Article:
To protect yourself in the wake of the Equifax data breach, presume the worst.
"The first assumption a consumer should make is that they are affected," said Neal Creighton, chief executive of security firm CounterTack.
Equifax announced late Thursday that it had suffered a breach potentially affecting 143 million U.S. consumers.
(For perspective, the entire U.S. population in July 2016 was roughly 323 million, according to Census Bureau data. That includes more than 249 million people over age 18 — i.e., those most likely to have a credit file.)
"That's significantly over half of the U.S. adult population that probably had their information taken," said Ryan O'Leary, vice president of the Threat Research Center at WhiteHat Security.
Exposed data includes names, Social Security numbers, birth dates, addresses, and in some cases, driver's license numbers, Equifax said in its announcement. The breach also compromised credit card numbers for 209,000 consumers, and dispute documents with personal identifying information for 182,000 consumers.
In a statement, Mike Litt, consumer advocate at the U.S. PIRG Education Fund, called the breach "beyond troubling."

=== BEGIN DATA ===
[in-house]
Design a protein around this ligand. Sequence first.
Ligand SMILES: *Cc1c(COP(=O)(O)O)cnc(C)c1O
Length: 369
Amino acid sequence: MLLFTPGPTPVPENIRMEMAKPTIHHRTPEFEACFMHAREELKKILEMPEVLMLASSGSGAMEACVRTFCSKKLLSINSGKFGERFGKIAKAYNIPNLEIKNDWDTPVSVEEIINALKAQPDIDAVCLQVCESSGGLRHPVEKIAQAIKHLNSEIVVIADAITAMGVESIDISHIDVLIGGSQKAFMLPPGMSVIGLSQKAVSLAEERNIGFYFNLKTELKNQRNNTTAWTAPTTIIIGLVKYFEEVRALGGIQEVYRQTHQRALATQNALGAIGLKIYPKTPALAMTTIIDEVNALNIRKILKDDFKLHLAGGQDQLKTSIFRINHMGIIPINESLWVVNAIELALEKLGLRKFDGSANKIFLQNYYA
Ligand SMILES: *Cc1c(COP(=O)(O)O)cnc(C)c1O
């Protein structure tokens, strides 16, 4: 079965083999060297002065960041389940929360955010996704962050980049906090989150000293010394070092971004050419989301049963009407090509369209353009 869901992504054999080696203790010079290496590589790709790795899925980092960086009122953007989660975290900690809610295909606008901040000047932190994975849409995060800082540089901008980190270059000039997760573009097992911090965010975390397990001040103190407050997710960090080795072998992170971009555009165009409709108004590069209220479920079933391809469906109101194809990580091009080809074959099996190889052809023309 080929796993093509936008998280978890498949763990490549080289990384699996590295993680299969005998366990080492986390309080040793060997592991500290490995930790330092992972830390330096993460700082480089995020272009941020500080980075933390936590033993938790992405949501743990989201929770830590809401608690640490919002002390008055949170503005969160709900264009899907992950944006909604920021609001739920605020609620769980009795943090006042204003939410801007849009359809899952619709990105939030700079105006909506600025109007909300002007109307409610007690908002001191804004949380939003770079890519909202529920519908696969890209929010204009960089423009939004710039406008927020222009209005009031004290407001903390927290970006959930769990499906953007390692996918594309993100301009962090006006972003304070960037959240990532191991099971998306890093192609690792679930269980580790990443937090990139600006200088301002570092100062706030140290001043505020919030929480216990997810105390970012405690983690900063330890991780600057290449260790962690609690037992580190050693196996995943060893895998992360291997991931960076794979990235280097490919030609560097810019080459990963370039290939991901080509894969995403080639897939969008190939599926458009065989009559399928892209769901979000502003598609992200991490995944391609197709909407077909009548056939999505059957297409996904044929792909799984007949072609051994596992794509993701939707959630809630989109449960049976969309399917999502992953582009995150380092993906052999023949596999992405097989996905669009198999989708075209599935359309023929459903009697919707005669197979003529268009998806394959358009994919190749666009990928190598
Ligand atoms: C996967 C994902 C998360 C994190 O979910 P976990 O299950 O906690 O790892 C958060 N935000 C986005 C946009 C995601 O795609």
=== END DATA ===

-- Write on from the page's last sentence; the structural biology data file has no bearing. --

"The types of stolen information, including Social Security numbers and dates of birth, can be used to commit new account identity theft against all of these people," Litt said. "Additionally, stolen credit cards affecting over 200,000 people in this breach can also be used to commit existing account identity theft."
Consumers can check Equifax's site EquifaxSecurity2017.com to see if they have been affected. (Be warned: Experts say the system is confusing, and there are reasons to be cautious about signing up for credit monitoring there.) The company has also said it will send direct mail notices to consumers whose credit card numbers or dispute information were compromised.
But there are other steps to take, quickly. (See infographic below.)